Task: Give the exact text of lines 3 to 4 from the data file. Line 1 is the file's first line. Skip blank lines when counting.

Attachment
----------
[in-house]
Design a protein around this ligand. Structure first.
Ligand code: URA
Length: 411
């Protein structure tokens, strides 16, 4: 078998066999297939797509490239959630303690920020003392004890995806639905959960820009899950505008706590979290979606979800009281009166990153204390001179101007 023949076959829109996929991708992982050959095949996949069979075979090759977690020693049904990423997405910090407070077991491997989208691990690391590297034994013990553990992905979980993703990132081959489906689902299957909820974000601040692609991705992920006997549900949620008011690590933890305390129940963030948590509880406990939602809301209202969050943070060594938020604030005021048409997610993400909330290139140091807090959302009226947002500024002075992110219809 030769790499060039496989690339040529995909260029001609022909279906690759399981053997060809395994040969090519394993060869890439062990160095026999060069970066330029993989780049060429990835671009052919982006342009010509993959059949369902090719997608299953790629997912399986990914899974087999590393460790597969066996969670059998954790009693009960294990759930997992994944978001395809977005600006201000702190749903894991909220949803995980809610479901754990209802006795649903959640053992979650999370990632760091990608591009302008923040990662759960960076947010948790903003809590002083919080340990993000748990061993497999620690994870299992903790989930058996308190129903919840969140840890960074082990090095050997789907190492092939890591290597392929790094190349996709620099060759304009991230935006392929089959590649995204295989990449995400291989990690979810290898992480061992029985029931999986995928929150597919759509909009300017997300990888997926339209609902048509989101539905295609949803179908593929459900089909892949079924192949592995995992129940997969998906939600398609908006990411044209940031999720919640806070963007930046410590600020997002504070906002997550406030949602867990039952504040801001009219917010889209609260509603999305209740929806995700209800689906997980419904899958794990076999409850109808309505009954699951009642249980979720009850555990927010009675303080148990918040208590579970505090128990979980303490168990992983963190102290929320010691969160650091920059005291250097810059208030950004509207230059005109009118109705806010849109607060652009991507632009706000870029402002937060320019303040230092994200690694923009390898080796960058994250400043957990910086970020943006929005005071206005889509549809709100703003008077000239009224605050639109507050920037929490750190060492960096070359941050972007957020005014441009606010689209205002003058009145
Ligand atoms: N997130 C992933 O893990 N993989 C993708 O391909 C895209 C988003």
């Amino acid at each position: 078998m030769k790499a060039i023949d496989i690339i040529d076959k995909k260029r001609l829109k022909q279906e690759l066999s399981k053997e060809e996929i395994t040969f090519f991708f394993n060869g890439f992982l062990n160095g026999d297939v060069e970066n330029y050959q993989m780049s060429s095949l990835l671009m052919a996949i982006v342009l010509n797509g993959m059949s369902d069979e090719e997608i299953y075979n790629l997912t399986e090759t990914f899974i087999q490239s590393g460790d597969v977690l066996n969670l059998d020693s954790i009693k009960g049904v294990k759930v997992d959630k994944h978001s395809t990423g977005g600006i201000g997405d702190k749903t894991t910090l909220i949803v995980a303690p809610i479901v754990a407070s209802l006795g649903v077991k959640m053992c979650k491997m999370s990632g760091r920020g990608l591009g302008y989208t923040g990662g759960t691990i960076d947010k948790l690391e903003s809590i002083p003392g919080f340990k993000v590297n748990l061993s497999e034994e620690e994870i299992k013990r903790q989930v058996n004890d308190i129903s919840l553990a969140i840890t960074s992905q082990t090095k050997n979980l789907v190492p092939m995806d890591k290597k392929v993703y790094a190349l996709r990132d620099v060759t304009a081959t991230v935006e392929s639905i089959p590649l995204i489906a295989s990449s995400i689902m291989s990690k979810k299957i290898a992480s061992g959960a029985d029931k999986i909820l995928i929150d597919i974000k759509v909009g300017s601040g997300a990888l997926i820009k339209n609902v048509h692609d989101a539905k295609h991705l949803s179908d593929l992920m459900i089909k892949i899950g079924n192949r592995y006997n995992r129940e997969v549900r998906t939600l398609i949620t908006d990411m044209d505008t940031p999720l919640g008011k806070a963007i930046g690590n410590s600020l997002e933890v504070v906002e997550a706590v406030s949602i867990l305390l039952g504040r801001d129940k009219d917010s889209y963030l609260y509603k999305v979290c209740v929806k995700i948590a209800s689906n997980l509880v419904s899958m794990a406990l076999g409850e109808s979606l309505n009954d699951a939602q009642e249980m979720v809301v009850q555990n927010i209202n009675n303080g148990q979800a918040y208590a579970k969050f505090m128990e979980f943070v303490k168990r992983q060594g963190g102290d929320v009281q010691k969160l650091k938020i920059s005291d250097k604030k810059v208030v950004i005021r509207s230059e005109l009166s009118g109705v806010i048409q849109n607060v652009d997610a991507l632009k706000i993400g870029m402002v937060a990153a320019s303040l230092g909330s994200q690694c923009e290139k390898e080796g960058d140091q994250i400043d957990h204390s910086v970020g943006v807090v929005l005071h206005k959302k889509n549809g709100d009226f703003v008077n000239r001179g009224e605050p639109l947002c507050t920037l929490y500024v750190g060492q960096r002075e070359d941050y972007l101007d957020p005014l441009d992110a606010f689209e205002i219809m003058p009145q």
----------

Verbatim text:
Ligand code: URA
Length: 411